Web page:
Actually, there wasn’t that much happening when I arrived. There was a black wolf out across the river that was occupying everyone’s attention. It was ambling across the flats (at one point chased by some sandhill cranes, whose honks could be heard echoing throughout the valley). There was a rumor that the Slough alpha male was on the other (north) side of the road, but nobody in the largest groups seemed to know or care. After snapping a couple very distant shots of the black wolf, I slipped away down the road to see if someone might know where the alpha might be. I walked past a gentleman standing by his car, and he asked if I had seen the gray wolf. I told him I heard it was up the road somewhere, but I hadn’t seen it.
“It’s right there,” he said.
Luckily, I managed to get some shots despite my excitement. And to think, of the 200 people here, there were only three looking at the north side of the road and this wolf. That didn’t last long though. The wolf was obviously looking to cross the road and join up with its family member.
After giving off a howl, it began running parallel to the road. Slowly, the crowd turned in a wave as word got out that the wolf was near the road.
Naturally, they began to follow it, including a car that kept pacing it. The rangers eventually stopped everyone, and the wolf disappeared down the road 2.
A drive through the rest of the valley yielded plenty of bison and a pack of coyotes that were picking over an old carcass. I headed back out of the valley and wandered up to Tower to try to find the famous owl nest. Luckily, Helene and Rene 3 were up there, along with some scopers, so I finally got to see where the nest was. Helene and Rene were off to the Lamar, and I eventually headed back down the road. Near Calcite Springs, a grouse met me in the middle of the road. As I slowed, it ran straight at my car, giving me an evil eye.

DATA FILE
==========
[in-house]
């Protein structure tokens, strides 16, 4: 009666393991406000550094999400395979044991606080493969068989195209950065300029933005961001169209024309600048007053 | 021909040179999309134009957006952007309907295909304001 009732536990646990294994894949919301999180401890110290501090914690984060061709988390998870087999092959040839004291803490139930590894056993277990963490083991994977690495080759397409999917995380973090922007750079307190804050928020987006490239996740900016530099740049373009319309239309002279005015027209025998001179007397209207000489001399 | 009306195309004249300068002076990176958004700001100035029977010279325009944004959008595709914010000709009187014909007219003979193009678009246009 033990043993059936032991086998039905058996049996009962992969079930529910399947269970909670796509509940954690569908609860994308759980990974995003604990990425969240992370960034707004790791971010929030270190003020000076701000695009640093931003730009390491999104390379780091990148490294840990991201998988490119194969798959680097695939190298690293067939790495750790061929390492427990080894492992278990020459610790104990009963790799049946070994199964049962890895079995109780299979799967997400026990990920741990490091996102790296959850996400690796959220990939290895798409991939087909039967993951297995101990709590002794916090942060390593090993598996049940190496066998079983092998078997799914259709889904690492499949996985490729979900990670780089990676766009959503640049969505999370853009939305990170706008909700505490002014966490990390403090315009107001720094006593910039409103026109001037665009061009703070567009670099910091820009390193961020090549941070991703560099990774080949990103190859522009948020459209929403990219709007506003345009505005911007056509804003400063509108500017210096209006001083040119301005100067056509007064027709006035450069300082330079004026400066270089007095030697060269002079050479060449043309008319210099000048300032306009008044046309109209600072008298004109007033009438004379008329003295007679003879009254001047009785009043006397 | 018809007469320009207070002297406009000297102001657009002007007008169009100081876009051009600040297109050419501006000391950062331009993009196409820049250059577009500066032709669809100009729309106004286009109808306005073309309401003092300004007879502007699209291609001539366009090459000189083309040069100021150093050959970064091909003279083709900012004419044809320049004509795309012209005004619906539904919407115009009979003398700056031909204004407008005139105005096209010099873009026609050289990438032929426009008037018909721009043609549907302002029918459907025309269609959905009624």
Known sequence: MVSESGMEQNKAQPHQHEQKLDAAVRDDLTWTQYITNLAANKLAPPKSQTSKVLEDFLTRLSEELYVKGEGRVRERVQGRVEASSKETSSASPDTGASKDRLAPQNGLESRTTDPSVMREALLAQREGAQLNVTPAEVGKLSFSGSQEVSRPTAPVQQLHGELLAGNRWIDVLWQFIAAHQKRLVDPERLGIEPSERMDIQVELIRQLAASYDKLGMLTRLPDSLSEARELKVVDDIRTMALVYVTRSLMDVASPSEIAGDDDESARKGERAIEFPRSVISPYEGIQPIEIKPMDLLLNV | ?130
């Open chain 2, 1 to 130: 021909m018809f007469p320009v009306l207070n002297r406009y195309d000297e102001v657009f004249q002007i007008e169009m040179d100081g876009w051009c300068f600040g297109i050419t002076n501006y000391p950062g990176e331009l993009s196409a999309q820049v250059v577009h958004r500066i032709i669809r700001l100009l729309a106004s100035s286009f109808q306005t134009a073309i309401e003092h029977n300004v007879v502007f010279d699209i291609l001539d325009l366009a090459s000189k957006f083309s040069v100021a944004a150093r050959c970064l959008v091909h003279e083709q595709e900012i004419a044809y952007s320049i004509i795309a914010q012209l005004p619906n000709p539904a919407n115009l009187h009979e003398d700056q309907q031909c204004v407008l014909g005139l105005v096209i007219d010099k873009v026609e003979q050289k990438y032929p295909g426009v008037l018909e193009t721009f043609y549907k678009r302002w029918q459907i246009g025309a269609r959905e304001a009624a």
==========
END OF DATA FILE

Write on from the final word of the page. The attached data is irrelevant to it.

It then circled around the front of my car, and I couldn’t see it. As I was in the middle of the road, I didn’t want to run over it while I was pulling over. So I hopped out of the car to see where it went… when I was suddenly attacked from behind! Peckpeckpeck on my leg! There were actually two grouse, and now with my attacker in sight, I was able to pull the car over without causing any further injuries. Naturally, the crazy warbird flew off in a panic when I got out of the car again to take pictures (wuss!), so I snapped a few of its more peaceful buddy instead 4.
Back toward Petrified Tree I went, in search of black bears. Before the PT drive, I pulled over behind a couple of cars. It turns out there was a coyote den right beneath the road. I was lucky enough to get a couple shots of one of the adorable pups before he slid back inside the den. I waited a while, but the pups did not emerge, so I kept going… and found my bear at Floating Island Lake.
Afterward, I headed back to check on the coyote pups, and instead was treated to a male grouse (non-aggressive) showing off for the ladies.